Introducing Miles Morales, the new Ultimate Spider-Man. (Anonymous)

Is Marvel's new ethnic Spider-Man a cop-out?

Marvel's "Ultimate" series introduces an ethnic Spidey, but keeps its traditional web-slinger white


Drew Grant
August 3, 2011 12:03AM (UTC)

Spider-Man has a new face, and it's not Andrew Garfield's. Even though Marvel is still in the early stages of promoting "The Amazing Spider-Man," the franchise's "Ultimate Spider-Man" series will introduce a new character this week to take over Peter Parker's great powers and responsibilities.

Miles Morales is a half-black, half-Hispanic teenager. Ultimate Marvel writer Brian Michael Bendis claims he's based on Donald Glover, the "Community" actor whose viral campaign failed to net him the web-slinging role in the new movie.

Advertisement:

Though the two actors have hugged it out, some fans have grumbled that Garfield was chosen to avoid the controversy that "Thor" attracted when it cast black actor Idris Elba in the role of Norse god Heimdall. The Council of Conservative Citizens issued a boycott of Kenneth Branagh's superhero movie, and although most people chalked it up to a ridiculous racist stunt on the Council's part, the boycott may have received enough media attention to make Marvel wary.

Then again, this wouldn't be the first time a major comic-book character had his or her ethnicity changed for a film adaptation: Halle Berry took over Catwoman in 2004, and Samuel L. Jackson successfully changed the race of S.H.I.E.L.D. general Nick Fury in "Iron Man," "Thor," "Captain America" and the upcoming "Avenger" films, as well as the Ultimate Marvel comic universe. Once a cigar-chomping white guy, Fury now looks exactly like Jackson in the comics.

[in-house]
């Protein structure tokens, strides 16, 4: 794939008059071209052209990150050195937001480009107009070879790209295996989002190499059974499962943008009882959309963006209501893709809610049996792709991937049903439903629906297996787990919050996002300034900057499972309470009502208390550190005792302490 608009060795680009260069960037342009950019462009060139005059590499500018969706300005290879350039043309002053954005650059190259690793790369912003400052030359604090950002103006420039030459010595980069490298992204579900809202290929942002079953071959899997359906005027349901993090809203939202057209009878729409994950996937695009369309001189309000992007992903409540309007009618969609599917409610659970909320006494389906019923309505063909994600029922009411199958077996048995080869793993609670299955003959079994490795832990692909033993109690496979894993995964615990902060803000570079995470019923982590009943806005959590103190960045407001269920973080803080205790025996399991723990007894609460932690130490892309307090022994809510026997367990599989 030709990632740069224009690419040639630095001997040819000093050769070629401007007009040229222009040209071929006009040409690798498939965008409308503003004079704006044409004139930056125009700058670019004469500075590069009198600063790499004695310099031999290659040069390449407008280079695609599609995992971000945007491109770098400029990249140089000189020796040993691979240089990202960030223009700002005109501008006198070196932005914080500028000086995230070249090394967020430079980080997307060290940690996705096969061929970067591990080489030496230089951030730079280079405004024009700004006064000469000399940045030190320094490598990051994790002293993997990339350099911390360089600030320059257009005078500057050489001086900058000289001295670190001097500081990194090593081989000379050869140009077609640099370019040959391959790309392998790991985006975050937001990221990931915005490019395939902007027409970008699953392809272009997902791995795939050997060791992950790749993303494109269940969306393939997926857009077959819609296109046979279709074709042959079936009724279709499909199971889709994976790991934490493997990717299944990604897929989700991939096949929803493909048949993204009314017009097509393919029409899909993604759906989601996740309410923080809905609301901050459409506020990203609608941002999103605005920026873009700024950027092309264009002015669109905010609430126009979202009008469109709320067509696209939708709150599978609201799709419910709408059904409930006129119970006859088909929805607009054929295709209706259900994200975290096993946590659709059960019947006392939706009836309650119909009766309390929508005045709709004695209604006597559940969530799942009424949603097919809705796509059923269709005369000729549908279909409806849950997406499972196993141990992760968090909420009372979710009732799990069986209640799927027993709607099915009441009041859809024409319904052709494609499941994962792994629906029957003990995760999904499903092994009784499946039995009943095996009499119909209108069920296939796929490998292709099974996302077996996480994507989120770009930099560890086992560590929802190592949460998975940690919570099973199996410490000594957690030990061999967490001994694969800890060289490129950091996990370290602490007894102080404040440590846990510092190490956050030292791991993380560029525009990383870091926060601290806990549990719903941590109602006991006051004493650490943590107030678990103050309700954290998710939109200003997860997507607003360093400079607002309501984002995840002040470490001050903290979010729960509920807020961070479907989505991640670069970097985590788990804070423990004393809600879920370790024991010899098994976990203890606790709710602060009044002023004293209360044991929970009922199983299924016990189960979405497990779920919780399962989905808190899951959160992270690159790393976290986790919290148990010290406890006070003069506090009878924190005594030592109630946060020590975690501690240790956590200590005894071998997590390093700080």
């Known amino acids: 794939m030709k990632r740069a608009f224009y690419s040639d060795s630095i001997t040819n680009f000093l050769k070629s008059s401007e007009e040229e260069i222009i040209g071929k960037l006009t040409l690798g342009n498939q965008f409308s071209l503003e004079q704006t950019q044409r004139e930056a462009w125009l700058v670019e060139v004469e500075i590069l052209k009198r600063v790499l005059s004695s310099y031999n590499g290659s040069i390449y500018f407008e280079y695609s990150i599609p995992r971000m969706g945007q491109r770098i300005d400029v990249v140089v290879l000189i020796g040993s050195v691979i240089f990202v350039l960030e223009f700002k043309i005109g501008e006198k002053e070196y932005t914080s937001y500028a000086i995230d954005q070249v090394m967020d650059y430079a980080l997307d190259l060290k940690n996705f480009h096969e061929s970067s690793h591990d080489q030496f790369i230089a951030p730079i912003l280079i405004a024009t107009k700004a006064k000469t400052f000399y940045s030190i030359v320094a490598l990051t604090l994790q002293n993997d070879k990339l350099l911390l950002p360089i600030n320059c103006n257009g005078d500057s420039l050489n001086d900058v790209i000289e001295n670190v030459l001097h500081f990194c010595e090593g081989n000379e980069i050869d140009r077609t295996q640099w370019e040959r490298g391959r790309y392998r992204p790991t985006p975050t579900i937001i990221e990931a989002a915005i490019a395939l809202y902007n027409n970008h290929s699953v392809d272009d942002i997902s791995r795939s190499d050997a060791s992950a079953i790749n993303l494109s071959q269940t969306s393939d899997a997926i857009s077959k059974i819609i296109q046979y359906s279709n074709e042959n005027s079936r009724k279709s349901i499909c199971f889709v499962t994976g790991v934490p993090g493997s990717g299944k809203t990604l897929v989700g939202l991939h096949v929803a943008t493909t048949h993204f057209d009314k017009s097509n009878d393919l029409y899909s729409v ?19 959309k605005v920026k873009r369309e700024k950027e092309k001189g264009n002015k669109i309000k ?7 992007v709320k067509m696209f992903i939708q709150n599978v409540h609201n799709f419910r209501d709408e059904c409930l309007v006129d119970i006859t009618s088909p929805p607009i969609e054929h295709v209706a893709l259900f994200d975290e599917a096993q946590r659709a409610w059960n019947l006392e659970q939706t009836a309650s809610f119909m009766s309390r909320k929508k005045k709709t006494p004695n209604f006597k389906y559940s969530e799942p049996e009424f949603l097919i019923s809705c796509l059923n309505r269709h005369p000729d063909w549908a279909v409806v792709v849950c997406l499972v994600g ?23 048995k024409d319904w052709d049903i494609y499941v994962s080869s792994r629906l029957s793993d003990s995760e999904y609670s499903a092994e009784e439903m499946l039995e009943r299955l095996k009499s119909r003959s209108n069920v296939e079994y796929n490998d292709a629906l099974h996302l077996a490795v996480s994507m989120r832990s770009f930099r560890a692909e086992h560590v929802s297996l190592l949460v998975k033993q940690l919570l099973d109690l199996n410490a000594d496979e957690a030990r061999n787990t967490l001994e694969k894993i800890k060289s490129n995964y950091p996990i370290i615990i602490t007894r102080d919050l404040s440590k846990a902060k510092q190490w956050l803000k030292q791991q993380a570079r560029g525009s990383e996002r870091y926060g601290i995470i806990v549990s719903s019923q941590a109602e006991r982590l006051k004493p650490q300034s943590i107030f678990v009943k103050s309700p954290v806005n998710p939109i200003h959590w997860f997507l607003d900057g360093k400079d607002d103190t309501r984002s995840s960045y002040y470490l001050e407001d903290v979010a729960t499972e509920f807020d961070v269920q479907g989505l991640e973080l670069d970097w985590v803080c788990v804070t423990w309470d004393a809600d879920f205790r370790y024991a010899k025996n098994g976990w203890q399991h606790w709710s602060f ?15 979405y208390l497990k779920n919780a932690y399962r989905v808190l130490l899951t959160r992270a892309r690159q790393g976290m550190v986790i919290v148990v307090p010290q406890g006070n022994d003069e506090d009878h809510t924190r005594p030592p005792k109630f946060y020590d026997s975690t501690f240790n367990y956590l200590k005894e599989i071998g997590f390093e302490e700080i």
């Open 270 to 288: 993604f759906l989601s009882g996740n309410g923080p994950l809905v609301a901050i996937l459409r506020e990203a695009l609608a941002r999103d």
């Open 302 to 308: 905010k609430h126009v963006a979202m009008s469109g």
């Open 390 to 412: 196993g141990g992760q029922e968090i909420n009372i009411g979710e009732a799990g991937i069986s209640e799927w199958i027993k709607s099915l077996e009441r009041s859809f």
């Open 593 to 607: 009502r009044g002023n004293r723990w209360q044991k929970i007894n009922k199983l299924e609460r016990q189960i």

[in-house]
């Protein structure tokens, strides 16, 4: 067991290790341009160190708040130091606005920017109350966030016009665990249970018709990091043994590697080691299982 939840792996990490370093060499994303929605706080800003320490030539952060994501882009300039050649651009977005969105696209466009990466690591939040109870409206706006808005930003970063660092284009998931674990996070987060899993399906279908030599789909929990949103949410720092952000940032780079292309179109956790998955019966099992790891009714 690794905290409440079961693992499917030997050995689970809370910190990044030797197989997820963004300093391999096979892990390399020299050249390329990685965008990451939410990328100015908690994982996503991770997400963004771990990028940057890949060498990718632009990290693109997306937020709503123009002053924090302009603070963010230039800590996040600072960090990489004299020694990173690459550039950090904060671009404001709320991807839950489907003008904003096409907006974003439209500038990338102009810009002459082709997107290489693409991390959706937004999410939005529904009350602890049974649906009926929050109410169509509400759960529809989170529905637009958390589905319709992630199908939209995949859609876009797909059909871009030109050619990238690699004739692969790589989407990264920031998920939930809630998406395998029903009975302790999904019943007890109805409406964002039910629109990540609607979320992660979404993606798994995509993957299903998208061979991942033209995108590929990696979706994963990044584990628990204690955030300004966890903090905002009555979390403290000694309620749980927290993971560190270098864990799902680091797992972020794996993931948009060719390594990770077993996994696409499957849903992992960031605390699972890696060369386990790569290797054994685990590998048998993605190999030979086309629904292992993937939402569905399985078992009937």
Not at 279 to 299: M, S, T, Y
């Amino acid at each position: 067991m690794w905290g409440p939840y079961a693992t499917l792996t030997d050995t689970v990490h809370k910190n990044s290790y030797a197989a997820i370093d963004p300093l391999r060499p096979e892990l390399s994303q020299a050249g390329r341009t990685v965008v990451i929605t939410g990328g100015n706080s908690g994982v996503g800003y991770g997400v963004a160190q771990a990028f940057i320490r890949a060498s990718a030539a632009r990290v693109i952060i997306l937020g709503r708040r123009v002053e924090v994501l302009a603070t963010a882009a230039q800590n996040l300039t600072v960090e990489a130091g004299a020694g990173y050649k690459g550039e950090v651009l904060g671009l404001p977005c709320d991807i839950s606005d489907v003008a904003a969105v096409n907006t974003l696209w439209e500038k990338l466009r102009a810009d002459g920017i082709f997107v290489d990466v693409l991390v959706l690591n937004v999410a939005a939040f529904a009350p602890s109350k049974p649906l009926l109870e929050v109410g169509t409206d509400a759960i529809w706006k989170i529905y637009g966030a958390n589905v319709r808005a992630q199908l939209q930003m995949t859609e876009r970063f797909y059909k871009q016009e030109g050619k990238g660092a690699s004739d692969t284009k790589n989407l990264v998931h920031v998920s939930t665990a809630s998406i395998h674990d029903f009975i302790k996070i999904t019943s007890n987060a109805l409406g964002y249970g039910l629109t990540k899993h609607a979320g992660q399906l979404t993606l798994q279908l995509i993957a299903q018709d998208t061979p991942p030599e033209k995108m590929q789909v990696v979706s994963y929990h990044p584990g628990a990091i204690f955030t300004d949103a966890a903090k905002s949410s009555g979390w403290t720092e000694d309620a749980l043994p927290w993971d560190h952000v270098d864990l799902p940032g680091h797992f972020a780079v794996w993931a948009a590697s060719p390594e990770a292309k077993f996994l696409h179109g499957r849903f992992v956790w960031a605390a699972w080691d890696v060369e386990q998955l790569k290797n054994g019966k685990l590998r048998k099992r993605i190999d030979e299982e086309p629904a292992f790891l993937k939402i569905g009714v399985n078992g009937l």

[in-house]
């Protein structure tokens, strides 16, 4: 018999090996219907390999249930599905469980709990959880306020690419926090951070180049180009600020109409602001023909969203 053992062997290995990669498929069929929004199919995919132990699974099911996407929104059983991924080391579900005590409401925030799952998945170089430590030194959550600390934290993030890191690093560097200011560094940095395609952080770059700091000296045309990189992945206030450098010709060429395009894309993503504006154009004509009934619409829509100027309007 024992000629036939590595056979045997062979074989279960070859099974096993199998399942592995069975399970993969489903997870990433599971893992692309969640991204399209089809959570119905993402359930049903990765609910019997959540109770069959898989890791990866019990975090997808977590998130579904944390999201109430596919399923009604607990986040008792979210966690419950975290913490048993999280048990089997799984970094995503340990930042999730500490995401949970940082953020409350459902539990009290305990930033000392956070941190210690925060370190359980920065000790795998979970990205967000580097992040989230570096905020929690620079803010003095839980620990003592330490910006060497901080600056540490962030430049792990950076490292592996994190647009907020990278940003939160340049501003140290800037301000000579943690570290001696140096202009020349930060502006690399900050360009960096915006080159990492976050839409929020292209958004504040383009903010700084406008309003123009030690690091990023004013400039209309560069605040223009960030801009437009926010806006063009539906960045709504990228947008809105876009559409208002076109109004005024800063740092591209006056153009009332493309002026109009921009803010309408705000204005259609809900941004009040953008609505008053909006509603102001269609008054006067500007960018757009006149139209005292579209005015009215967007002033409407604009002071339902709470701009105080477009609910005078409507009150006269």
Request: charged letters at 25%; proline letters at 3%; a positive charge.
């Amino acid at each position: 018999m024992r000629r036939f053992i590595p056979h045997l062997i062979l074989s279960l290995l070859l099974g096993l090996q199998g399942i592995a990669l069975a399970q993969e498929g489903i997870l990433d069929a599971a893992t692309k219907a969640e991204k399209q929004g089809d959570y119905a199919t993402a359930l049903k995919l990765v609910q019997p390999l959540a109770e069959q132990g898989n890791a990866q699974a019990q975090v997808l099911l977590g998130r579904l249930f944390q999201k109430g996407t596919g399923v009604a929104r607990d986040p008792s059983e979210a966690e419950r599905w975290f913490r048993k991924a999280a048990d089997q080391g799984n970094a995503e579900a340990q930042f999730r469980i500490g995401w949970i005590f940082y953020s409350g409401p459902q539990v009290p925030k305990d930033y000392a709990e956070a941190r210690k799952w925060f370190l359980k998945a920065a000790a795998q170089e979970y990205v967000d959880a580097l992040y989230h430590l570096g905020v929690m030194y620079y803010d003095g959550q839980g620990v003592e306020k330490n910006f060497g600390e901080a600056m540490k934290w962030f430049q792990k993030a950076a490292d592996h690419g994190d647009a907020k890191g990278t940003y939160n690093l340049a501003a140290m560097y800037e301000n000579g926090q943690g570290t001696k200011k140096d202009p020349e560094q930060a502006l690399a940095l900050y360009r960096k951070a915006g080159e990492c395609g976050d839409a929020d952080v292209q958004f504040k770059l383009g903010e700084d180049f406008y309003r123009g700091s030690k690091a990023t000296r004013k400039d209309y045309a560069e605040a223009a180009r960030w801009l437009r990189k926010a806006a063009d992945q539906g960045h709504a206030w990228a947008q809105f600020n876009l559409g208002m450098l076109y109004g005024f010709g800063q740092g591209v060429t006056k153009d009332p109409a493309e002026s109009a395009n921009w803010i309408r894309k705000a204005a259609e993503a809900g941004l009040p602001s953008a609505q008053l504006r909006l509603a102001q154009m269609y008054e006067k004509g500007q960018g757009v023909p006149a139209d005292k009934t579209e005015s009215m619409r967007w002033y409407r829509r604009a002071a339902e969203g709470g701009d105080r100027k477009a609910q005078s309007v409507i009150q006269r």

Before we get too excited about Morales and Fury, however, let's remember that these two characters have only been updated in this Ultimate continuum, which reimagines preexisting superheroes in an alternate universe scenario. So Peter Parker will still be behind the mask in the mainstream "Spider-Man" series, but in the "Ultimate" universe he's died and his powers transferred to Morales.

It seems like a cop-out: Why can't Morales exist in the traditional Marvel comics? What do you think? Is the new Spidey a progressive change for Marvel, or just a way to appease some fans while still keeping with tradition?


Drew Grant

Drew Grant is a staff writer for Salon. Follow her on Twitter at @videodrew.

MORE FROM Drew Grant

Related Topics ------------------------------------------

Books Comic Books

BROWSE SALON.COM
COMPLETELY AD FREE,
FOR THE NEXT HOUR

Read Now, Pay Later - no upfront
registration for 1-Hour Access

Click Here
7-Day Access and Monthly
Subscriptions also available
No tracking or personal data collection
beyond name and email address

•••






Fearless journalism
in your inbox every day

Sign up for our free newsletter

• • •